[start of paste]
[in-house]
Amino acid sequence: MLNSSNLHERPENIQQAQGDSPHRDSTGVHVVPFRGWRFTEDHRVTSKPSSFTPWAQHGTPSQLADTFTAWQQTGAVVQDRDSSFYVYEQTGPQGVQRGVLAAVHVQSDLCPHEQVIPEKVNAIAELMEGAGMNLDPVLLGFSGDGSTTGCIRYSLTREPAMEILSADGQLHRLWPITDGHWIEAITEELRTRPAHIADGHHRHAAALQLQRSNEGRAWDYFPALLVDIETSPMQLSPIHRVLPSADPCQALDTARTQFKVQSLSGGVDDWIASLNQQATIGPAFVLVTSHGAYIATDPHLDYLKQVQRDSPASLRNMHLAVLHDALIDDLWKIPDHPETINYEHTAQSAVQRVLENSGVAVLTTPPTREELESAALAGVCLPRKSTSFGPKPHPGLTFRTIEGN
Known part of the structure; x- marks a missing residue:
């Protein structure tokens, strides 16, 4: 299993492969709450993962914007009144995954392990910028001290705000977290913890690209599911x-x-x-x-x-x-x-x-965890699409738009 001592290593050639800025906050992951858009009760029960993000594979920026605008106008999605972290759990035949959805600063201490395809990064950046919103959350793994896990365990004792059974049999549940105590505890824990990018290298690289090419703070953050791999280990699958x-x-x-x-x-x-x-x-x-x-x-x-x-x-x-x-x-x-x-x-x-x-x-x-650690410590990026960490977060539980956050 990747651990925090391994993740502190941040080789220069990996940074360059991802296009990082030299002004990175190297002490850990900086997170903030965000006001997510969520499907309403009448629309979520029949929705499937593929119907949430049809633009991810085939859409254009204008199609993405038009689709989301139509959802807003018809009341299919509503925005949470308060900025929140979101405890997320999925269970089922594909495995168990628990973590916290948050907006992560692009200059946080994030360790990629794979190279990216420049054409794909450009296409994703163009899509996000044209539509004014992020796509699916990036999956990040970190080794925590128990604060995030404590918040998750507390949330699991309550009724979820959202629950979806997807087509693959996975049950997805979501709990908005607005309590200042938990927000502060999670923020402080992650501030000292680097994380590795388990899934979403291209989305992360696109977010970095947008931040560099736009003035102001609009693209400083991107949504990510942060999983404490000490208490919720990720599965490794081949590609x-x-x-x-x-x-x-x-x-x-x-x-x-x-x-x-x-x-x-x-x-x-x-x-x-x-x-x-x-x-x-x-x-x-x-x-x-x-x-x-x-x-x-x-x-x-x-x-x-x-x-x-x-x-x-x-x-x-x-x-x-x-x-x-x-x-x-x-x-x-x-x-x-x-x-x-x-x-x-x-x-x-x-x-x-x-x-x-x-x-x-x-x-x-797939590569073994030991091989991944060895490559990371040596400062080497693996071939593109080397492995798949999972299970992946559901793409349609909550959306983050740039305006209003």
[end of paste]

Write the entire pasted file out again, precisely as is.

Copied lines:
[in-house]
Amino acid sequence: MLNSSNLHERPENIQQAQGDSPHRDSTGVHVVPFRGWRFTEDHRVTSKPSSFTPWAQHGTPSQLADTFTAWQQTGAVVQDRDSSFYVYEQTGPQGVQRGVLAAVHVQSDLCPHEQVIPEKVNAIAELMEGAGMNLDPVLLGFSGDGSTTGCIRYSLTREPAMEILSADGQLHRLWPITDGHWIEAITEELRTRPAHIADGHHRHAAALQLQRSNEGRAWDYFPALLVDIETSPMQLSPIHRVLPSADPCQALDTARTQFKVQSLSGGVDDWIASLNQQATIGPAFVLVTSHGAYIATDPHLDYLKQVQRDSPASLRNMHLAVLHDALIDDLWKIPDHPETINYEHTAQSAVQRVLENSGVAVLTTPPTREELESAALAGVCLPRKSTSFGPKPHPGLTFRTIEGN
Known part of the structure; x- marks a missing residue:
């Protein structure tokens, strides 16, 4: 299993492969709450993962914007009144995954392990910028001290705000977290913890690209599911x-x-x-x-x-x-x-x-965890699409738009 001592290593050639800025906050992951858009009760029960993000594979920026605008106008999605972290759990035949959805600063201490395809990064950046919103959350793994896990365990004792059974049999549940105590505890824990990018290298690289090419703070953050791999280990699958x-x-x-x-x-x-x-x-x-x-x-x-x-x-x-x-x-x-x-x-x-x-x-x-650690410590990026960490977060539980956050 990747651990925090391994993740502190941040080789220069990996940074360059991802296009990082030299002004990175190297002490850990900086997170903030965000006001997510969520499907309403009448629309979520029949929705499937593929119907949430049809633009991810085939859409254009204008199609993405038009689709989301139509959802807003018809009341299919509503925005949470308060900025929140979101405890997320999925269970089922594909495995168990628990973590916290948050907006992560692009200059946080994030360790990629794979190279990216420049054409794909450009296409994703163009899509996000044209539509004014992020796509699916990036999956990040970190080794925590128990604060995030404590918040998750507390949330699991309550009724979820959202629950979806997807087509693959996975049950997805979501709990908005607005309590200042938990927000502060999670923020402080992650501030000292680097994380590795388990899934979403291209989305992360696109977010970095947008931040560099736009003035102001609009693209400083991107949504990510942060999983404490000490208490919720990720599965490794081949590609x-x-x-x-x-x-x-x-x-x-x-x-x-x-x-x-x-x-x-x-x-x-x-x-x-x-x-x-x-x-x-x-x-x-x-x-x-x-x-x-x-x-x-x-x-x-x-x-x-x-x-x-x-x-x-x-x-x-x-x-x-x-x-x-x-x-x-x-x-x-x-x-x-x-x-x-x-x-x-x-x-x-x-x-x-x-x-x-x-x-x-x-x-x-797939590569073994030991091989991944060895490559990371040596400062080497693996071939593109080397492995798949999972299970992946559901793409349609909550959306983050740039305006209003």